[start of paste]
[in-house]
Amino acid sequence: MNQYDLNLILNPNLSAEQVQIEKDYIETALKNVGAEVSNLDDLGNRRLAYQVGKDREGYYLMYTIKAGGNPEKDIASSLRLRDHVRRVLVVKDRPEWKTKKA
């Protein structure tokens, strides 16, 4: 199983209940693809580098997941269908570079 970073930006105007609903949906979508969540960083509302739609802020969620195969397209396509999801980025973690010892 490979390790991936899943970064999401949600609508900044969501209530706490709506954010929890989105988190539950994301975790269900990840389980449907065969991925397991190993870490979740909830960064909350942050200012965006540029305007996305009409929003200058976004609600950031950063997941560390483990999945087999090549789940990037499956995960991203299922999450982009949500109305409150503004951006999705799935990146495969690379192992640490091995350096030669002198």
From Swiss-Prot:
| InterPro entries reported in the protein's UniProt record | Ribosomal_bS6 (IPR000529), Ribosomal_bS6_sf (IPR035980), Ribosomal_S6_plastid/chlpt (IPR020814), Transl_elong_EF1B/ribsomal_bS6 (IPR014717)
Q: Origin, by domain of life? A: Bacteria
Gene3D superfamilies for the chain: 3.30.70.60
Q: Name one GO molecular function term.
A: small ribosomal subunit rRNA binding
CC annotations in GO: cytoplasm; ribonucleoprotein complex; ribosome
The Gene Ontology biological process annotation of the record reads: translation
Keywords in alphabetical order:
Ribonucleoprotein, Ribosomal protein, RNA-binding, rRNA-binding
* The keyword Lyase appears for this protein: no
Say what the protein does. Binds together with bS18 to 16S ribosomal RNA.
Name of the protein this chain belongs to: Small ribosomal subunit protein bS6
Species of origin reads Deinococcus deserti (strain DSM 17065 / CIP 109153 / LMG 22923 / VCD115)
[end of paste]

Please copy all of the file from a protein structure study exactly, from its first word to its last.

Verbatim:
[in-house]
Amino acid sequence: MNQYDLNLILNPNLSAEQVQIEKDYIETALKNVGAEVSNLDDLGNRRLAYQVGKDREGYYLMYTIKAGGNPEKDIASSLRLRDHVRRVLVVKDRPEWKTKKA
């Protein structure tokens, strides 16, 4: 199983209940693809580098997941269908570079 970073930006105007609903949906979508969540960083509302739609802020969620195969397209396509999801980025973690010892 490979390790991936899943970064999401949600609508900044969501209530706490709506954010929890989105988190539950994301975790269900990840389980449907065969991925397991190993870490979740909830960064909350942050200012965006540029305007996305009409929003200058976004609600950031950063997941560390483990999945087999090549789940990037499956995960991203299922999450982009949500109305409150503004951006999705799935990146495969690379192992640490091995350096030669002198």
From Swiss-Prot:
| InterPro entries reported in the protein's UniProt record | Ribosomal_bS6 (IPR000529), Ribosomal_bS6_sf (IPR035980), Ribosomal_S6_plastid/chlpt (IPR020814), Transl_elong_EF1B/ribsomal_bS6 (IPR014717)
Q: Origin, by domain of life? A: Bacteria
Gene3D superfamilies for the chain: 3.30.70.60
Q: Name one GO molecular function term.
A: small ribosomal subunit rRNA binding
CC annotations in GO: cytoplasm; ribonucleoprotein complex; ribosome
The Gene Ontology biological process annotation of the record reads: translation
Keywords in alphabetical order:
Ribonucleoprotein, Ribosomal protein, RNA-binding, rRNA-binding
* The keyword Lyase appears for this protein: no
Say what the protein does. Binds together with bS18 to 16S ribosomal RNA.
Name of the protein this chain belongs to: Small ribosomal subunit protein bS6
Species of origin reads Deinococcus deserti (strain DSM 17065 / CIP 109153 / LMG 22923 / VCD115)